Follow your child’s lead as much as possible.  Let him/her be the initiator of an activity or topic of conversation while you are the participant.  Use motivating activities to increase engagement and to model appropriate language.  Language is all around us, even if you child doesn’t understand everything you are saying, he/she needs to be exposed to new vocabulary and concepts.  Label everything you see, and encourage your child to point to objects as you talk about them.  Leave words out and see if your child will fill in the blanks.  Most importantly, be playful!

 

Use the 4 L’s – Less Language and Longer Latency

It’s natural to feel the urge to prompt or respond for a child when they don’t immediately provide a response. If this occurs, fight the urge to talk for your child.  It is extremely important to give your child ample time to process language and to formulate a response.   When you ask a question or see that your child wants something, pause for several seconds while looking at him/her expectantly. Watch for any sound or body movement and respond promptly. The promptness of your response helps to empower your child.

 

Simplify Your Language

It is important for your child to understand what you are saying; therefore, using simple language is essential.  Furthermore, when using simple language it is easier for your child to imitate and follow your model.  Use phrases with one more word than your child is using.  For example, if your child says ball, respond with roll ball or throw ball.  Pair verbs with nouns/objects to increase understanding.  Nouns often have multiple meanings; therefore, it is important to model language by combining nouns and verbs to increase functionality and comprehension.

 

Utilize First à Then

Use first/then language to shape behavior and remember to be consistent, “First you need to eat, then you can watch television.” Use this language at all times, especially when moving from a preferred activity to a non-preferred activity.

Posted in Parent Stress Savers

A Sensory Friendly Halloween

Although Halloween can be an exciting time for many, it can be a frightening time for kids with sensory processing issues, especially those with special needs.  The novelty of the holiday and unexpected factors can lead to anxiety.  Keeping routines as normal as possible is helpful.

Costumes can be irritating and wearing masks or make-up may be very troubling for children with tactile sensitivities or heightened sense of smell.  Costume choices can be simplified to include more everyday type clothing.  Dressed in a red and white striped shirt and blue shorts, with an apron and paintbrush, voila, your child is a French painter. Perhaps add a beret, if the painter is okay with that.   A Lifeguard is another easy one, with shorts and “Lifeguard” shirt.  Wearing a sport team jersey can be a good option.  Wearing clothing or pajamas under a costume may provide comfort from seams if you do opt for a costume.  Be sure to practice wearing the costume in advance of the big day. This may require several days of practicing adding an element each day if there are many parts.   A Halloween tee-shirt or socks may do the trick!  Pajamas/sweat pants/leggings/ thermal underwear can be turned into a costume by painting with glow-in-the-dark paints, or regular fabric paints.  Wearing pajamas and carrying a stuffed animal may be a great costume onto itself!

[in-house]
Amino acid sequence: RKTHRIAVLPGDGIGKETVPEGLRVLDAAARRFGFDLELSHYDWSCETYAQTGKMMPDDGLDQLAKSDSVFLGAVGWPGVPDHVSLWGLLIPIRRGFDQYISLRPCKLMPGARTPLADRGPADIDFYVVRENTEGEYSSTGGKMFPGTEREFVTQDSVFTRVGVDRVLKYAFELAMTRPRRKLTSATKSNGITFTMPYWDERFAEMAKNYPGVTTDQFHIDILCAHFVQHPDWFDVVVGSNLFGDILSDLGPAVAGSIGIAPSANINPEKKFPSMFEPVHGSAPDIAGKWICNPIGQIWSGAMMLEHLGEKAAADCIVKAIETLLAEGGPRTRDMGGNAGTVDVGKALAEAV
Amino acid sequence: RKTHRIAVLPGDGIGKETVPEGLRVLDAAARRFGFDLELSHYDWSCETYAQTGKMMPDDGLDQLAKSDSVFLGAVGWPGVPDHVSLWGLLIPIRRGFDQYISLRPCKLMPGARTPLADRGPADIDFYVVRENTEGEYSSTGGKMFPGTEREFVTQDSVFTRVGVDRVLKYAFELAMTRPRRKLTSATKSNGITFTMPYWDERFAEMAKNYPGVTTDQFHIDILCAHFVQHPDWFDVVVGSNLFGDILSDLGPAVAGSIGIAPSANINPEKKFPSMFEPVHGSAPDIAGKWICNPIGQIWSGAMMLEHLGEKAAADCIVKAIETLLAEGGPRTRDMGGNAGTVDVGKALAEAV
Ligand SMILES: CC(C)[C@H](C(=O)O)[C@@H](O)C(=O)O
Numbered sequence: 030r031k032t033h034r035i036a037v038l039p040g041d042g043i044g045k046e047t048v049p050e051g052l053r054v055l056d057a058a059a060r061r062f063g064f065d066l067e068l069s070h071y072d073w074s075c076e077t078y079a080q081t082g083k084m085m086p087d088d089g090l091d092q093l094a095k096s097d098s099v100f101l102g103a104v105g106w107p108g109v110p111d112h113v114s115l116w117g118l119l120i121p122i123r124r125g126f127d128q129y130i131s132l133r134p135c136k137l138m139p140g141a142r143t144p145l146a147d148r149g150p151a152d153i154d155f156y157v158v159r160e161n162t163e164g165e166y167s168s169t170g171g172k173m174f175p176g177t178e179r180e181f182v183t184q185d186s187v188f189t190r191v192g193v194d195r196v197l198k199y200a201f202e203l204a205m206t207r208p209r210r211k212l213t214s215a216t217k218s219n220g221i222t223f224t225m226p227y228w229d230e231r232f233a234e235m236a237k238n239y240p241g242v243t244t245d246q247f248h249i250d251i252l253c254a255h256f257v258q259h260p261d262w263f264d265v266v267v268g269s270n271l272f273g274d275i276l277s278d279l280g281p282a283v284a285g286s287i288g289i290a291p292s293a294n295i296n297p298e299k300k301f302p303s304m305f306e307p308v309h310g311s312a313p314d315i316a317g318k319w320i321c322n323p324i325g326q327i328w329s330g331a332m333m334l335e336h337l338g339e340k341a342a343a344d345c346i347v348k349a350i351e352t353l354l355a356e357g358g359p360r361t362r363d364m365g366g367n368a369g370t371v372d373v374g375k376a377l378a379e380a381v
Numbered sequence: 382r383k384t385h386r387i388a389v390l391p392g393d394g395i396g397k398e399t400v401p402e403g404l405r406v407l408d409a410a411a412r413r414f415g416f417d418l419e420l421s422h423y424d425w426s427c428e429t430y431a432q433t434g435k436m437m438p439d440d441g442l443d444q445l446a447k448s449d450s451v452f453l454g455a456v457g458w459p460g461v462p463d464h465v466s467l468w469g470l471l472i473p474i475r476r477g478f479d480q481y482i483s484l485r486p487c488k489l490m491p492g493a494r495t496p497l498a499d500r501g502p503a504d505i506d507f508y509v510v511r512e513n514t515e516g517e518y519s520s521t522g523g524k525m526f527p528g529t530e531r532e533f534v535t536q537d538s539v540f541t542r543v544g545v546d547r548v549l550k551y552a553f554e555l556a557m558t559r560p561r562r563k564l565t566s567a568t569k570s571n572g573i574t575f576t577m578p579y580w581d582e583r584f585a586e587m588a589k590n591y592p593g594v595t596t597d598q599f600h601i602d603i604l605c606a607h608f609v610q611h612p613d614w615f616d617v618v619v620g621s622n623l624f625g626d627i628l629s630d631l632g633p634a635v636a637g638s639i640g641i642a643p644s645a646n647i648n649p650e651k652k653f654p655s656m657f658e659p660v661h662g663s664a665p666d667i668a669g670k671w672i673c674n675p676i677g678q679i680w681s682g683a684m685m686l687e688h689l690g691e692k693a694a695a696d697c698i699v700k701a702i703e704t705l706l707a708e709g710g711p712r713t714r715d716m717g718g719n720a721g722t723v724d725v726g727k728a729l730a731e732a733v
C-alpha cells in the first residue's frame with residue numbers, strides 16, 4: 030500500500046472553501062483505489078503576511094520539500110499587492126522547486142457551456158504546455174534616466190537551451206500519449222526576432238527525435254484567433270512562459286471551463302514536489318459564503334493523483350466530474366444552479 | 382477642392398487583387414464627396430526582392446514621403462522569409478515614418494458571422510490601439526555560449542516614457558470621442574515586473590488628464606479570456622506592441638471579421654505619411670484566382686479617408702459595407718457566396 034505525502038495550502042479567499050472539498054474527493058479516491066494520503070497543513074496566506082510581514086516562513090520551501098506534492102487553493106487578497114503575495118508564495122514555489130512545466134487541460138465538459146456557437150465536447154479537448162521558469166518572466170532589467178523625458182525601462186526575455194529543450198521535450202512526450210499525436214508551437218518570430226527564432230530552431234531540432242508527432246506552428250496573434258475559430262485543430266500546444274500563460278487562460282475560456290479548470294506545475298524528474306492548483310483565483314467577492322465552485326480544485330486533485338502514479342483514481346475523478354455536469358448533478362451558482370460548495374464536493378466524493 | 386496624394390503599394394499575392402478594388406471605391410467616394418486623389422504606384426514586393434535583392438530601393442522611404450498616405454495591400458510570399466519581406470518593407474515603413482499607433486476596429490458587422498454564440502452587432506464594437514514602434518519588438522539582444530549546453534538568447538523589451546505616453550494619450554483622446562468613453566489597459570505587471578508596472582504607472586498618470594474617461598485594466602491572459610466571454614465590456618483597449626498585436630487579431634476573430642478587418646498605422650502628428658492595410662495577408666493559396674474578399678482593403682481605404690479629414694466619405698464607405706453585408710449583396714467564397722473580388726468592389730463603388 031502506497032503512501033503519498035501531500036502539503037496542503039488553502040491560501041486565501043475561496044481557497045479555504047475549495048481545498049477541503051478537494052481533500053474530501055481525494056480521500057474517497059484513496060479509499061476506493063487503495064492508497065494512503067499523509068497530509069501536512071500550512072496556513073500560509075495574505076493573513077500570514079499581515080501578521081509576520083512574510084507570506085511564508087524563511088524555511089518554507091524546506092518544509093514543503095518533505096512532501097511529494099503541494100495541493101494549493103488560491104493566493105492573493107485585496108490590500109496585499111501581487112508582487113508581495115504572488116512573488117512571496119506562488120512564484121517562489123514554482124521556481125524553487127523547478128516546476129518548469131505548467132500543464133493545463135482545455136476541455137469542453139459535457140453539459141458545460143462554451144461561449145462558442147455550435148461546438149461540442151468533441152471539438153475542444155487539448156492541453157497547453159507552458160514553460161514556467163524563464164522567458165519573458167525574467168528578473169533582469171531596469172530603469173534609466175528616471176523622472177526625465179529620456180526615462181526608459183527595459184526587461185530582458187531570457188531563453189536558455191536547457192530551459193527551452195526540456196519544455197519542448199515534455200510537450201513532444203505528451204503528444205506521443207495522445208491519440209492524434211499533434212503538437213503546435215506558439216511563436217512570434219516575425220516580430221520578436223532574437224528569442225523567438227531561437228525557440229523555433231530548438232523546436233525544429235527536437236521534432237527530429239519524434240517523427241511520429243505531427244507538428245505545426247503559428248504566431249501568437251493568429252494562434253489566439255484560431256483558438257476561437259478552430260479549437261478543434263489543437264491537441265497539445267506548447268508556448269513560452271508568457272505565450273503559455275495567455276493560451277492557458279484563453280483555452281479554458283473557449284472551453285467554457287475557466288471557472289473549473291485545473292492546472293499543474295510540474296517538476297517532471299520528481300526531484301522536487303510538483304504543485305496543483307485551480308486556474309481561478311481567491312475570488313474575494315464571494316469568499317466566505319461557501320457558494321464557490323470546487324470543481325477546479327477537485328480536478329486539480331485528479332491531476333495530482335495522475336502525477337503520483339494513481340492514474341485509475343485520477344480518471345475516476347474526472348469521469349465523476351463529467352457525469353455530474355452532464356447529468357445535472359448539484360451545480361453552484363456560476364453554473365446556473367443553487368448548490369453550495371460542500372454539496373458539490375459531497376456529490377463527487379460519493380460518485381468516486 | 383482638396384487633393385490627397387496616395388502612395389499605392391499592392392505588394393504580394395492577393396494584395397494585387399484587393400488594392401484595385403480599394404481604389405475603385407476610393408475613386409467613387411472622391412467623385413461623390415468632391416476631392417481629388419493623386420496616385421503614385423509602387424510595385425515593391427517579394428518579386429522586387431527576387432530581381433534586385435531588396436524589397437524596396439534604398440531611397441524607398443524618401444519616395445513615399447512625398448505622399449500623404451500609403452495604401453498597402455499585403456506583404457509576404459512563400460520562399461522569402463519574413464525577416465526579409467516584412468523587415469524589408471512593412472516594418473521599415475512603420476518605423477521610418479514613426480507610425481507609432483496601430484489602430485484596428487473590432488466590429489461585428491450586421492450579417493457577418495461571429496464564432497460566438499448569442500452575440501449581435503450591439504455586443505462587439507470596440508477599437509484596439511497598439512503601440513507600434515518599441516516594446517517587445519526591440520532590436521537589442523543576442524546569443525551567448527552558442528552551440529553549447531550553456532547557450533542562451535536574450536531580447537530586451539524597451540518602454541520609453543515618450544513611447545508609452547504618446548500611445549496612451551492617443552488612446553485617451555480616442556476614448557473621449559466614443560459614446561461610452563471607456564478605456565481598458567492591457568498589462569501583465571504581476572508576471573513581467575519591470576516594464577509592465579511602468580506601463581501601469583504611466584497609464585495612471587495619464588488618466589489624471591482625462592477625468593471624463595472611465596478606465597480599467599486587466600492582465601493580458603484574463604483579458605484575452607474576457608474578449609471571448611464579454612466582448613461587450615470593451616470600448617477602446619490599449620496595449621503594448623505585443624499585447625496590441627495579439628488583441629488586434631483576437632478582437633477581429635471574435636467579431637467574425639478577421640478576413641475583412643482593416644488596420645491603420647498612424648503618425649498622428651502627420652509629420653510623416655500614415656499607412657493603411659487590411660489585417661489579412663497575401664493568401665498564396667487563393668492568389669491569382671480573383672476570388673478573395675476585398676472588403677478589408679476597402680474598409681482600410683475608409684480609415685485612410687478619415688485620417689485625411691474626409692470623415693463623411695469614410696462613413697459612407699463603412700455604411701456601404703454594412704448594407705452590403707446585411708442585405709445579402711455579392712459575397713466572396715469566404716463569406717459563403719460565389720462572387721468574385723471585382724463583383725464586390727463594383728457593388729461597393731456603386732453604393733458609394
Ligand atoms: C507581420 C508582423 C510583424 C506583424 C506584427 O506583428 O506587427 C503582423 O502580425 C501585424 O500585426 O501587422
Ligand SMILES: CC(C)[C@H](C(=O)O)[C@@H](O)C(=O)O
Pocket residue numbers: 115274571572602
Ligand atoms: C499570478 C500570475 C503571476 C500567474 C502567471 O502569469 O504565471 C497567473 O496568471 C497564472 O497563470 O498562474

Setting a limited time for trick-or-treating is much better than waiting until a melt-down occurs.  Letting your child know when there is “15 minutes, and then we go home.”  Giving a ten minute and five minute notice that trick or treating is wrapping up is helpful.  Similarly, mapping out a route ahead of time is best.  Remember to include breaks and a healthy snack and drink for your child.  Bringing along a wagon with a blanket and pillow may provide a nice sensory break as well as a good ride home.  Having a flashlight can be a fun diversion.

Other activities, like reading your child Halloween themed books, may be a nice way to spend time.   Little Jack and Boo: What Could We Do This Halloween? by D.L. Sherwood is a great  book to get in to the spirt.. Your child may prefer staying home to hand out candy and seeing the costumed visitors.  If that becomes too overwhelming, turn off the porch light and trick or treaters should get the idea. Having a small party at home with family or friends may be more enjoyable option as well.   Shopping malls and downtown shops often welcome trick-or-treaters and may provide more structure and predictability for your child.  Walking, or riding in a town parade may be a good option for some.